Gail Strickland

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Gail Strickland
Gail-strickland-trailer.jpg
Strickland in trailer to "The Drowning Pool" (1975)
Born (1947-05-18) May 18, 1947 (age 67)
Birmingham, Alabama, Alabama, U.S.
Occupation Actress
Years active 1966–present

Gail Strickland (born May 18, 1947) is an American actress.

Life and career[edit]

Strickland was born in Birmingham, Alabama, the daughter of Theodosia and Lynn Strickland, who owned a tire shop.[1] She had featured roles in 1970s films such as Bound for Glory, The Drowning Pool and Norma Rae.

In a memorable Drowning Pool scene, Strickland and Paul Newman are trapped in a room filling with water from floor to ceiling, stripped to their underwear, with no apparent escape.

Strickland appeared on the U.S. Navy series JAG first season episode "War Crimes". She played Ambassador Bartlett, the U.S. ambassador to Peru.

She appeared in the pilot episode of the television series Night Court as the public defender. She guest starred in the Star Trek: Deep Space Nine episode "Paradise" as the character Alixus.

In 1994-1995, she appeared as Ms. Landis of Doubleday in the Seinfeld Season 6 episodes "The Chaperone" and "The Switch".

Gail played a struggling rancher's daughter in the 1987 "Highway to Heaven" episode "A Dream of Wild Horses," alongside legendary actor, Richard Farnsworth.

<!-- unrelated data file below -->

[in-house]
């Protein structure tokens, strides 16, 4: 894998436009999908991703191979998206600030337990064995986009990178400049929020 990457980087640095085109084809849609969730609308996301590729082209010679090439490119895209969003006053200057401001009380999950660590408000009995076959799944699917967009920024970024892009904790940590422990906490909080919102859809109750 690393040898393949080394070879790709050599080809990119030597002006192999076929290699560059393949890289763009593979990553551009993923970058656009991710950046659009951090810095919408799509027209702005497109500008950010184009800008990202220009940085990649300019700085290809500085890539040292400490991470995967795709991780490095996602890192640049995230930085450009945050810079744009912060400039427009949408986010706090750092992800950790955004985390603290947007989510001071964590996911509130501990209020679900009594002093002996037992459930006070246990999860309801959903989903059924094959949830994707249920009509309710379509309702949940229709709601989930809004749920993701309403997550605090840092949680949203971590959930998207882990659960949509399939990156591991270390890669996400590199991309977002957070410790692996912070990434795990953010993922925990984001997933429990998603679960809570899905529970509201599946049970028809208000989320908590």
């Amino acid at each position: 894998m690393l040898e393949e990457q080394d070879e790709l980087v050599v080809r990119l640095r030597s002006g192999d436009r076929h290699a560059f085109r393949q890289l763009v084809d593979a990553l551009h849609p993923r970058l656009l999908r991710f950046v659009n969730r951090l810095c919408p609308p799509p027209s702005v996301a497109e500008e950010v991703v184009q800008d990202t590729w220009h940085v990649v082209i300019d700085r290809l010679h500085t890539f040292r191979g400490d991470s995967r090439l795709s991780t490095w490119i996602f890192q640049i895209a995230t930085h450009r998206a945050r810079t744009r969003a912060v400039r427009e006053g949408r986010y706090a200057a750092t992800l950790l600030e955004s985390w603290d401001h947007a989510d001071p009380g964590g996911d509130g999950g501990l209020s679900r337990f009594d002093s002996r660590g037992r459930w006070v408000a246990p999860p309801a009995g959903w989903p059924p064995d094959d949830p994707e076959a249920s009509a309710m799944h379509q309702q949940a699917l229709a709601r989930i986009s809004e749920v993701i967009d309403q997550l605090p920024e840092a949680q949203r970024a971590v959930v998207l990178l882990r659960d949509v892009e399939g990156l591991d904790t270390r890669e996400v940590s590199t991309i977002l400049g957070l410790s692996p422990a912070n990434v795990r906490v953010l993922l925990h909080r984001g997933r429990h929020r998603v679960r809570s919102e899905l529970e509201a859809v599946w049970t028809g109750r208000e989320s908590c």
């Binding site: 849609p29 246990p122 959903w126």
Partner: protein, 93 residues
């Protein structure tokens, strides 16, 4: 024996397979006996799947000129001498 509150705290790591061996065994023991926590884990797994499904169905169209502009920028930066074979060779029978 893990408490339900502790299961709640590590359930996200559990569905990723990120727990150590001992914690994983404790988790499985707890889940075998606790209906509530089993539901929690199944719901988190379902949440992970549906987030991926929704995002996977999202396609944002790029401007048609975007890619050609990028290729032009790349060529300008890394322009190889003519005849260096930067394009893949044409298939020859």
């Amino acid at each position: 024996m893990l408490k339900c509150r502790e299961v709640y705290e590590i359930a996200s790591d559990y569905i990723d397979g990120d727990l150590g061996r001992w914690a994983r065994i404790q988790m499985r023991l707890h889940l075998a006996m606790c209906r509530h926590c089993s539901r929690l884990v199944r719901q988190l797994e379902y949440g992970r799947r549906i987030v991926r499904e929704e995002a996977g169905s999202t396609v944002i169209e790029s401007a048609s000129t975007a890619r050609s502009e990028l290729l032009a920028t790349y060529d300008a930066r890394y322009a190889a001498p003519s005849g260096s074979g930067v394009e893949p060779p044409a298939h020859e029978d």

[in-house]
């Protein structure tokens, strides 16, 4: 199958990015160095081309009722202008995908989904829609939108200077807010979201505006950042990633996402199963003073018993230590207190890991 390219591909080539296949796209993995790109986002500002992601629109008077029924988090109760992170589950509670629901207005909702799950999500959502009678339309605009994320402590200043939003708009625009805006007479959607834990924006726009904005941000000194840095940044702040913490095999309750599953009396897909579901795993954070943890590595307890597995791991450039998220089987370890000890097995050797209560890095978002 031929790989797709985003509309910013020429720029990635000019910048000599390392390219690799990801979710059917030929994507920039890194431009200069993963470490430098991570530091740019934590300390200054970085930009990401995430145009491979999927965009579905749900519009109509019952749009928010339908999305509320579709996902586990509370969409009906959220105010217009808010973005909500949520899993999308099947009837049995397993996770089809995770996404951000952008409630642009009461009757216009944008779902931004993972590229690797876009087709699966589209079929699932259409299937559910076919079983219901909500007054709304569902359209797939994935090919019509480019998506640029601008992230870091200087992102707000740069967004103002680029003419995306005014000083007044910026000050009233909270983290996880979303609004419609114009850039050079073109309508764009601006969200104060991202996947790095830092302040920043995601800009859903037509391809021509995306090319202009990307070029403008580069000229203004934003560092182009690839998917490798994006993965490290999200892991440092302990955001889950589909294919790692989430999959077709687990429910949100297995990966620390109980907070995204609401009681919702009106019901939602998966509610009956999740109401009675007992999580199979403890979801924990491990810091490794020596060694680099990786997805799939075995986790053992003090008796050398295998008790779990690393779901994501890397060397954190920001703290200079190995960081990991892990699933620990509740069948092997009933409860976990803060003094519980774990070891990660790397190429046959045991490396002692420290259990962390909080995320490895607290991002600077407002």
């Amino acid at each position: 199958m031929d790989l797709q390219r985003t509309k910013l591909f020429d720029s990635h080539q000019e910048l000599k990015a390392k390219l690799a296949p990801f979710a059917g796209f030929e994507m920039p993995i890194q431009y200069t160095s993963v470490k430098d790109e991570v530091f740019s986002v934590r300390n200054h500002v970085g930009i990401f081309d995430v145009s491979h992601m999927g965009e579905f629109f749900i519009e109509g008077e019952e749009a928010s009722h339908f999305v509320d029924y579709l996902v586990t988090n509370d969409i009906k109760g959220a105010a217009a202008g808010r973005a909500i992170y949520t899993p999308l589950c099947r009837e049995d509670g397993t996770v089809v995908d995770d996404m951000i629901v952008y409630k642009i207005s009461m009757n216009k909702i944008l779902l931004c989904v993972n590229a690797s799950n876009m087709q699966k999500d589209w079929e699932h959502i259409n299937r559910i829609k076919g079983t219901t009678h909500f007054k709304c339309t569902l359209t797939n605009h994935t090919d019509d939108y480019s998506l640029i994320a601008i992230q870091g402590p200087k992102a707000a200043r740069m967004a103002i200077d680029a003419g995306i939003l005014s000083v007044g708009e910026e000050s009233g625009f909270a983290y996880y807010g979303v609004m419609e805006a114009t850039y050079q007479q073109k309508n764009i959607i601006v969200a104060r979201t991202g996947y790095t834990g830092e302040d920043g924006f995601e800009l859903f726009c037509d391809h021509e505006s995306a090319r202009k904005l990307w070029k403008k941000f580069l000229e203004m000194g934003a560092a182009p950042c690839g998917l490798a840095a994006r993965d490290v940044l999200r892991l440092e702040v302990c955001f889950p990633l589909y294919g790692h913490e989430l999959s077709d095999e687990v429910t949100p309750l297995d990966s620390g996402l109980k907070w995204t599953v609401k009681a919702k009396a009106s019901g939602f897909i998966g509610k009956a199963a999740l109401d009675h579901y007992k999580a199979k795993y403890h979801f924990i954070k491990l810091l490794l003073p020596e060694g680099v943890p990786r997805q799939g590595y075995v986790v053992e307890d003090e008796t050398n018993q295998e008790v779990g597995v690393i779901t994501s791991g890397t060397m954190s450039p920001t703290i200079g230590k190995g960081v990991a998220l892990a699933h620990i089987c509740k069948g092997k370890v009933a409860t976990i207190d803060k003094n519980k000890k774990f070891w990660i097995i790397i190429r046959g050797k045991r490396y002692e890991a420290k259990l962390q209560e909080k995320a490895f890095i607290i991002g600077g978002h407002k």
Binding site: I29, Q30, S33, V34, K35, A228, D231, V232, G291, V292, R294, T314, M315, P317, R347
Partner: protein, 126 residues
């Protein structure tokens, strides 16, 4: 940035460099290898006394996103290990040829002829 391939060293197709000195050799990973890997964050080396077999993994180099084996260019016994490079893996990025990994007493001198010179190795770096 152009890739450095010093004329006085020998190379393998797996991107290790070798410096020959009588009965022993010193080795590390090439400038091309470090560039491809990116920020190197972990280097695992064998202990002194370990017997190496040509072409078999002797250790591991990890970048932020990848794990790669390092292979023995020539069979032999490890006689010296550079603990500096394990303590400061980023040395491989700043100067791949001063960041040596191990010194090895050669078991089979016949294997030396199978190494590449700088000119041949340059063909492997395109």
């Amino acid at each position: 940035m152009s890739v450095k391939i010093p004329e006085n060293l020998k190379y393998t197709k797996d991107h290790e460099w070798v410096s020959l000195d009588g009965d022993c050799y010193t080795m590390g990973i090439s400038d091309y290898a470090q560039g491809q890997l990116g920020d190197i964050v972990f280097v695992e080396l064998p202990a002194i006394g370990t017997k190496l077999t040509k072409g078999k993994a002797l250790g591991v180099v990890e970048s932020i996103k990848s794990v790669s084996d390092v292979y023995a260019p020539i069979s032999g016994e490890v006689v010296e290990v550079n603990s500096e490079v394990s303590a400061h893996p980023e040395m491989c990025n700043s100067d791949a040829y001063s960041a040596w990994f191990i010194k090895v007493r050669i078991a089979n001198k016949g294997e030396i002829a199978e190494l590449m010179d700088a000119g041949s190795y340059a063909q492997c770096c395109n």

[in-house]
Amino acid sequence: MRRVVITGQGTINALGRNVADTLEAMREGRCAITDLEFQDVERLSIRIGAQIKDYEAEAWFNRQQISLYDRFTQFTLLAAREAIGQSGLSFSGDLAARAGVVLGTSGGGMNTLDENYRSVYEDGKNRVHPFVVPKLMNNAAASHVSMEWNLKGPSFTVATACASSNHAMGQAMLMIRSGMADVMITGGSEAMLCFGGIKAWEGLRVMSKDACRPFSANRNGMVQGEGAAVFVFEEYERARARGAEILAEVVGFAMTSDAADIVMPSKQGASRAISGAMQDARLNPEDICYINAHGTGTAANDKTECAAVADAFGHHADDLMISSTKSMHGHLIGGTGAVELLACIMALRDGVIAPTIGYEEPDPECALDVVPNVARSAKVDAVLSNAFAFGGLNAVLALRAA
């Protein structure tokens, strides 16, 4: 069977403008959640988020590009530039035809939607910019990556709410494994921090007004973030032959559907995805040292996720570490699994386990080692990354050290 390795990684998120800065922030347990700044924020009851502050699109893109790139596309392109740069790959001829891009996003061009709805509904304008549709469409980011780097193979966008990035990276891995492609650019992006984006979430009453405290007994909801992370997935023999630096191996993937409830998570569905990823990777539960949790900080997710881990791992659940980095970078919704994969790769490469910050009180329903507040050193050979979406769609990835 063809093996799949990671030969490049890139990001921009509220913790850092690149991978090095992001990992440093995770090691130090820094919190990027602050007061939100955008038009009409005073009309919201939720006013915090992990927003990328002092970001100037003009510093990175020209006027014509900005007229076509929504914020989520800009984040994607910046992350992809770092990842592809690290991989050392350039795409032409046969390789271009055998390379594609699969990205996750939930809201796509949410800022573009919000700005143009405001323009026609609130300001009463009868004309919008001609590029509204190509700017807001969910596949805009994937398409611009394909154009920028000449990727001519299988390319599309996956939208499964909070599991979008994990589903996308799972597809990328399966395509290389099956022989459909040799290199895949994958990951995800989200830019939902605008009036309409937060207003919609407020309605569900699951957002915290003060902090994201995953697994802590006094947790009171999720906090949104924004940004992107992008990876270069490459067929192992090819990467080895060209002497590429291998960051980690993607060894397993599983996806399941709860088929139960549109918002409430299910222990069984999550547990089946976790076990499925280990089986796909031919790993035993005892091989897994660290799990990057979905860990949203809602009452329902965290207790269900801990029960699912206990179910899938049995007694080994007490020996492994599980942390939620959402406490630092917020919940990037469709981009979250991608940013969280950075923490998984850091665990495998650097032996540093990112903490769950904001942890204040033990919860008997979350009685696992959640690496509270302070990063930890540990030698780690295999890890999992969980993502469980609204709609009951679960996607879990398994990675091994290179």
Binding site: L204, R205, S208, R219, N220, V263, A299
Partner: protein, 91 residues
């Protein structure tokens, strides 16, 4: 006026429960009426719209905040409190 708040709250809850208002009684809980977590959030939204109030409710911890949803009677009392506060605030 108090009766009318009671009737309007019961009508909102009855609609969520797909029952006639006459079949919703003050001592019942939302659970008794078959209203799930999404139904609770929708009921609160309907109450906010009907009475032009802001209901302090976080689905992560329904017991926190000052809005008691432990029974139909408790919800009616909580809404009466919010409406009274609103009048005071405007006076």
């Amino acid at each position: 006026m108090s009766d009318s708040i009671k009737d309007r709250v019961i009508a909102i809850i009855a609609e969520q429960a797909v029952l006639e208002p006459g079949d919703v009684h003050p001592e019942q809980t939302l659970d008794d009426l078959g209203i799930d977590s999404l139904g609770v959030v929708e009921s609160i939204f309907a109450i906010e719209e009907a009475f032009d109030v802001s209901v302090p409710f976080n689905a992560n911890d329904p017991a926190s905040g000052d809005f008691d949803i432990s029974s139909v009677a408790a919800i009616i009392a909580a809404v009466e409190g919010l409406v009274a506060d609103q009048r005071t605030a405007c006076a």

Strickland played nurse practitioner Marilyn McGrath in the 1988 TV series HeartBeat. This was one of the earliest portrayals of a lesbian character on American network television.

She also had a memorable appearance on the television series M*A*S*H as Captain Helen Whitfield, a nurse in an ongoing battle with alcoholism. She appeared in 11 episodes of Dr. Quinn, Medicine Woman from 1993-94 as the character Olive Davis.

She played Esther MacInerney, the wife of A.J. MacInerney (Martin Sheen), Chief of Staff for President Andrew Shepherd (Michael Douglas), in the 1995 blockbuster movie The American President, which also starred Annette Bening, Michael J. Fox, and Richard Dreyfuss.

Strickland was a cast member in the brief run of the 2002 CBS television series First Monday, playing a Supreme Court justice.

Filmography[edit]

References[edit]

External links[edit]